It's inherently pleasing to think we can organise chaos. Our appetite for lists and trivia is rooted in the Enlightenment and the notion of taking a complicated and strange world and putting it into grids.
I have no particular interest in top 10s, even though my books have lists in them. I had a column in which I tried to collect 11ths the 11th-tallest building, or longest bridge. But it is difficult to find the 11th anything, because lists stop at 10, which is a remarkably dull number.
I write sentences to fit spaces. Having tight confines in which to think makes me think more creatively, and means I can get what I say as tight and as sharp as possible.
I am a control freak. If being a control freak means you care about detail, and that you are willing to work to make it look effortless, then what's wrong with that? Can you imagine a surgeon who wasn't a control freak? I think we need control freaks around.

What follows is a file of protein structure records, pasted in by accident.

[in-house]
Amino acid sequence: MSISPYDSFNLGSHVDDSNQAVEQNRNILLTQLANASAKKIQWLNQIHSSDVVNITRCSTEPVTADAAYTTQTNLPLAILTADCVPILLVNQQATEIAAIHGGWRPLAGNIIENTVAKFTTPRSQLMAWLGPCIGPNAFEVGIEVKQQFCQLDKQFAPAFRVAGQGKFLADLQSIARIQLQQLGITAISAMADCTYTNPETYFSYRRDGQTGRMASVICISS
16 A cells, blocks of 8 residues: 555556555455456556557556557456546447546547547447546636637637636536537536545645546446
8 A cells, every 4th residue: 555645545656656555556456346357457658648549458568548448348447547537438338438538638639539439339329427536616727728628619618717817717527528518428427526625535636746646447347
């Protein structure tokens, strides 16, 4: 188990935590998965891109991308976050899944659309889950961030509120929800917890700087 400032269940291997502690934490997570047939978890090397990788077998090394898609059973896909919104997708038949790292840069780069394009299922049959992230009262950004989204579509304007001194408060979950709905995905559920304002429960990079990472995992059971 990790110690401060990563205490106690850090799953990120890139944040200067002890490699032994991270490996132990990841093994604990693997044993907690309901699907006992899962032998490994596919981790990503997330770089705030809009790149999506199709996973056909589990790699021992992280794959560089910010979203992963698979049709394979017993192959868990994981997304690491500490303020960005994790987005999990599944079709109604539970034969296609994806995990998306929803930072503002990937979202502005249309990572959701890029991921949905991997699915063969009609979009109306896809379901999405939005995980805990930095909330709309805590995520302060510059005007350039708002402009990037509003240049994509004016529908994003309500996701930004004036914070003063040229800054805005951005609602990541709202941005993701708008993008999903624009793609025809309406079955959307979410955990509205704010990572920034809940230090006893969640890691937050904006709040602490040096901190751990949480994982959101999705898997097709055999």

Edward Tufte is an inspiration. He's an American expert on the graphical representation of data, an "information architect" whose basic principle says the less ink you need to display the information, the better.
Design is vital. If everything in one of my books was printed in Helvetica 12pt, the eye would get tired. I design every dot, comma, line and stroke so that any spread opened at random will please the eye as much as it will interest the reader.
Typefaces can make or break words. If I showed you "NatWest", say, in 15 fonts, you'd feel differently about them all. A font should be clean, clear and effortless.
The Comic Sans font should be banned. It is only good for labelling children's shoes.
Knowing where to stop is key. In a draft for my first book I included a double-page spread filled with Latin abbreviations. I found it profoundly boring. If I'm bored, everyone else is going to be bored.
'Schott's Almanac 2008' is out now (Bloomsbury, 16.99)Reuse content